I cannot recommend Remington Thunderbolt .22LR ammo

Discussion in 'Ruger Rimfire Forums' started by Redleg, Feb 8, 2014.

  1. Redleg

    Redleg New Member

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    In these times of ammo shortages we are all using and buying whatever we can find. Notwithstanding this, I have decided not to shoot Thunderbolt .22LR in any of my firearms anymore.

    On one occasion my Mark III was so clogged in the chamber from firing T-Bolts (about 100 of them) that it would not load rounds reliably.

    On another occasion recently one of my Mark IIIs suddenly started shooting highly erratic groups and completely lost zero. Turned out that the barrel was so heavily leaded from shooting 150 T-Bolts that the rifling was completely defeated.

    I have NEVER experienced anything like the above with any other .22 round, or any round. Even cheap Centurion .22LR is wildly cleaner and better than T-Bolt.

    I read some of the threads about T-Bolts but attributed it to just Internet complaining like you sometimes hear. Not so. I experienced this in the past ten days, personally -- this is not hearsay. This stuff is bad news and I am not even going to use the rest of my brick.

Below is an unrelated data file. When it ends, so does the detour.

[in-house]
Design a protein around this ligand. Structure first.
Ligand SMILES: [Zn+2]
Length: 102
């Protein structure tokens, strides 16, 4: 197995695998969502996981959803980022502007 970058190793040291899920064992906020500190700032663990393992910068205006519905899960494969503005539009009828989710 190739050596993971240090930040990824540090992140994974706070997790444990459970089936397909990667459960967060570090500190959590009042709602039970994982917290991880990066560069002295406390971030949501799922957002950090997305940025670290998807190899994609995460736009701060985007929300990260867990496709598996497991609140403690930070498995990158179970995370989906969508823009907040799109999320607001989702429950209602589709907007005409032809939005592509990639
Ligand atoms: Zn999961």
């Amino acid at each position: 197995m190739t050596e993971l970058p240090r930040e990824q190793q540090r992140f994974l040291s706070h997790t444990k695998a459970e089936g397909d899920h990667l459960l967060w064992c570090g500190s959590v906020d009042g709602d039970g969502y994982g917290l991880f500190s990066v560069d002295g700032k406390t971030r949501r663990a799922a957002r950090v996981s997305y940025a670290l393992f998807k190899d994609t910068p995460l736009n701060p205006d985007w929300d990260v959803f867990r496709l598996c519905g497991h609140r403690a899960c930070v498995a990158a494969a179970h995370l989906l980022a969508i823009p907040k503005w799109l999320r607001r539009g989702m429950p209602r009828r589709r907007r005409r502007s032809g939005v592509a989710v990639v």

2. harrise

    harrise New Member

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    Funny you should bring this up. So far my rifle has been eating it with only one per mag not lining up and lodging in the corner by the spring bar. Grandpa was done with it like you...
    [​IMG]


    I'll keep working through it since he gave it to me. But for what it's worth, if I had a new .22 I would not put those bullets through it.
     

  3. redmist3455

    redmist3455 New Member

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    My 10/22 has no problem firing thunderbolts. I fired a whole brick of 500 rounds with one jam.
     
  4. bonefamily

    bonefamily New Member

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    Agreed that Thunderbolts can certainly be problematic. Sad that in these current days, it may be all that can be found. I would shoot less and clean more with these rounds.
     
  5. robhic

    robhic Curmudgeon

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    Functionality of the bullets is not the issue. They shoot just fine. It's the fact that they seem to have something that causes them to lead-up your barrel (it leaded my MkIII's) after only a few rounds. I had MAJOR problems with them a couple of year ago. It required a lot of time and effort to remove a LOT of lead from my barrel. Tried again and same thing. So I just swore off the T-bolts. Shoot fine until they cause keyholing from the lead deposited in your barrel!:eek:
     
  6. Redleg

    Redleg New Member

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    Yes, this explains it perfectly.
     
  7. rjtmac

    rjtmac Texan by Birth • Grace

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    I have been wanting to not believe the post after post on the Thunderbolts.